Yesterday, we reviewed some of our favourite Toronto intersections. We were also asked to reflect upon our experiences of these spaces. The words we chose reflected the notions we also discussed last week, words such as “diversity” and “accessibility.”
This sensual information – the sights, sounds, smells, touches – these are each embodiments of Yonge and Dundas culture. I think that precisely what is embodied is the imagined community we have named the market. The market makes accessible goods and services to be purchased. And there is some amount of diversity in what is available for purchase: television, clothing, food and city tours just to name a few. Though each can be purchased and consumed, the medium of consumption is different in each of these examples: clothing is worn, food is eaten, television is watched and listened to, and city tours are in some cases watched, listened to, worn and eaten.
You, the person reading this post, have probably decided that what I have been describing as diversity is shallow relative to other examples of urban diversity. This is a description merely of a diversity of things to be purchased at Yonge and Dundas. None of my examples were of things visitors could sell themselves in the market. None of my examples were of those objects or experiences existing outside of the market.
|Yonge and Dundas (click the image to enlarge)|
Screen Capture from Google Maps
In relation to the intersection between Baldwin and Augusta, the south entrance to Kensington Market, the intersection between Yonge and Dundas is best described as another species of intersection. Of course, there are things for purchase, but the volume-dial has been aggressively spun to a nearly inaudible frequency. The goods are in many cases on-the-street to enable consumers to touch and to closely view the clothing and food for themselves. The street performers are here, as they are at Yonge/Dundas but they do not need airhorns or amplifiers to make themselves heard. If you are at this intersection you do not need to expend effort to make yourself visible because there are less people and crucially for my purposes, there is less noise (phonic noise, visual noise, olfactory noise).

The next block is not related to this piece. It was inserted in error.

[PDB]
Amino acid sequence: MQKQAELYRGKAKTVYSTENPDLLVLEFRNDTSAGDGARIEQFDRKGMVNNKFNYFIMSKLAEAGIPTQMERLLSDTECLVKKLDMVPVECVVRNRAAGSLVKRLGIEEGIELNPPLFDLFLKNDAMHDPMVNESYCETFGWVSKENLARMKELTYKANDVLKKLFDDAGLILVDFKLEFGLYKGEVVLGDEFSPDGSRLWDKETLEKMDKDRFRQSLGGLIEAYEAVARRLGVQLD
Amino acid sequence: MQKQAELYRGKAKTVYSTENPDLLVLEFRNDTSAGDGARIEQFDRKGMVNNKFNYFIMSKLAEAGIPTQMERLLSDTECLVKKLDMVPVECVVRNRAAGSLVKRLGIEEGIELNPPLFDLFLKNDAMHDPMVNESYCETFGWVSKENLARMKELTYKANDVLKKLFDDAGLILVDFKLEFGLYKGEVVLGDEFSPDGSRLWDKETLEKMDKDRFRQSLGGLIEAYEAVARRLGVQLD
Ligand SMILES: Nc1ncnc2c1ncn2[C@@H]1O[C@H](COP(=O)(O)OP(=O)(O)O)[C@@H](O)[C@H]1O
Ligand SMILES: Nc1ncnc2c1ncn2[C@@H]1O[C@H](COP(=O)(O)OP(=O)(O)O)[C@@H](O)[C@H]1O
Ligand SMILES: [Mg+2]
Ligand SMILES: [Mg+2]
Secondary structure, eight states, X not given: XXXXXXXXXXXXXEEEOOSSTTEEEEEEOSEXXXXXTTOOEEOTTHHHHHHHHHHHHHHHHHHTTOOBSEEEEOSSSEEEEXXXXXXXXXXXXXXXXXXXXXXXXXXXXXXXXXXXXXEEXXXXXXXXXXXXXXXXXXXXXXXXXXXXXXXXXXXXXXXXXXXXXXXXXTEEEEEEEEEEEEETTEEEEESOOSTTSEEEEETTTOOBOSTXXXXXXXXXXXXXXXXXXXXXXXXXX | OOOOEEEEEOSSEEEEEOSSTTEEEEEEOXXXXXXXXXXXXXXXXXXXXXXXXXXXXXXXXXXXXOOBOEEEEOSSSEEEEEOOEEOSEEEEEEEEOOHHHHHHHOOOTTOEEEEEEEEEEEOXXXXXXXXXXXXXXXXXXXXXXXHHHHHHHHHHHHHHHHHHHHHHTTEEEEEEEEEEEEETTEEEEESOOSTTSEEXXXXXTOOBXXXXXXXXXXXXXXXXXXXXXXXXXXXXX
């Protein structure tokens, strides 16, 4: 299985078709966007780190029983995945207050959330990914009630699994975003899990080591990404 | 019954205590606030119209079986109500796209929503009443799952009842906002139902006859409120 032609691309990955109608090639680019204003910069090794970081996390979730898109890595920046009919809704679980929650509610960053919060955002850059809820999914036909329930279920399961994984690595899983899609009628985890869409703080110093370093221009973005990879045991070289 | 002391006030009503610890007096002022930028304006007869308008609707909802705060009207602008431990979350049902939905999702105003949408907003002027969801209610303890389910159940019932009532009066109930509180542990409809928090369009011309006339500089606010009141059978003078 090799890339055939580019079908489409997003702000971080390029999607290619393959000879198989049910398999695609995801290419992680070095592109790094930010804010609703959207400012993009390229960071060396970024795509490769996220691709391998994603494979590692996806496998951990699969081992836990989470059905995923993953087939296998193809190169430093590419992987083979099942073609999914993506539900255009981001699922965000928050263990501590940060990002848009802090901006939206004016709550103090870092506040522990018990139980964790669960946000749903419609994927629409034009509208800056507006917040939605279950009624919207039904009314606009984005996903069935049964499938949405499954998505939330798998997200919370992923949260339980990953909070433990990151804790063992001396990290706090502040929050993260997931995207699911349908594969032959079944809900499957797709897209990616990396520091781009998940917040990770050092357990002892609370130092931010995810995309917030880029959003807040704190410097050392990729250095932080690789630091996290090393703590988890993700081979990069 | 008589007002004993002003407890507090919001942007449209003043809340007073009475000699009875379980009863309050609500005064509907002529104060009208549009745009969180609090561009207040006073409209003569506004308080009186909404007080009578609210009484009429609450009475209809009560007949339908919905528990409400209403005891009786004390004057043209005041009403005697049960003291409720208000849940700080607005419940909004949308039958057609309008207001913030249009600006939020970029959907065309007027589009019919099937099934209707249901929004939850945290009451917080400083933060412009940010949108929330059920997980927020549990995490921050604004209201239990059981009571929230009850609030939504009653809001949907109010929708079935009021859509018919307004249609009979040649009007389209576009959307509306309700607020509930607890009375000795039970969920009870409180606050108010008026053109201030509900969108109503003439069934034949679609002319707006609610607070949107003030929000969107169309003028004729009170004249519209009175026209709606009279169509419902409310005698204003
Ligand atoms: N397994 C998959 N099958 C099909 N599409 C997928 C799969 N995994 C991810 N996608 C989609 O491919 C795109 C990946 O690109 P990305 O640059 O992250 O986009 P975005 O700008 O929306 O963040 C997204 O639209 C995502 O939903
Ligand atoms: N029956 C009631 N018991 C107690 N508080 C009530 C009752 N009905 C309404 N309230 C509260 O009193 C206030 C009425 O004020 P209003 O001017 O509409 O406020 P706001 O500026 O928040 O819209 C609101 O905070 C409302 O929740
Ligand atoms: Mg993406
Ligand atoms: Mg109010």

|Baldwin and Augusta (click the image to enlarge)|
Screen Capture from Google Maps
The messages of Yonge and Dundas are received
, while the messages of Baldwin and Augusta are exchanged
. There is no sending return messages at Yonge and Dundas. It is a cacophony of noise. Who could hear you with all this stimulus to receive? Of course the people immediately around you might think they hear something but this exchange will almost certainly falter. You'll have to repeat yourself over and over again because another custom at Yonge and Dundas is not
to receive messages. At Baldwin and Augusta you must learn to pause long-enough to make these exchanges.
I have used the word must to describe a custom which you may think is voluntary. Why would I make an argument like this? This is a conditional, must-not usage. You must not break the law. You must not disobey your authority figures. You must not create dangerous situations. Each of these must-nots is predicated on the idea that you respect the customs of your environment, and if you contest the customs at any Toronto intersection you should be prepared to endure societal disgrace. The faces of societal disgrace include: stares, jeers, whispers, pointing, unintended injury, intended violence, malice, confusion and so on. These society-level behaviours exist wherever you find people, but the specific expectations and the degrees of severity you find are highly variable.
A consequence of participating in quieter intersections is an increase in what other people will expect from you and what you can expect from them in return (an exchanging of expectation). A consequence of participating in a noisier intersection is a decrease in expectation and an increase in the volume of information which you are exposed to.
When you and I decide to respect or contest the customs which surround us we are exercising our agencies. Depending on where these customs exist, we may need to work harder to express this agency. If we do not express our agencies we silence ourselves. If we remain silent we allow others to speak for us.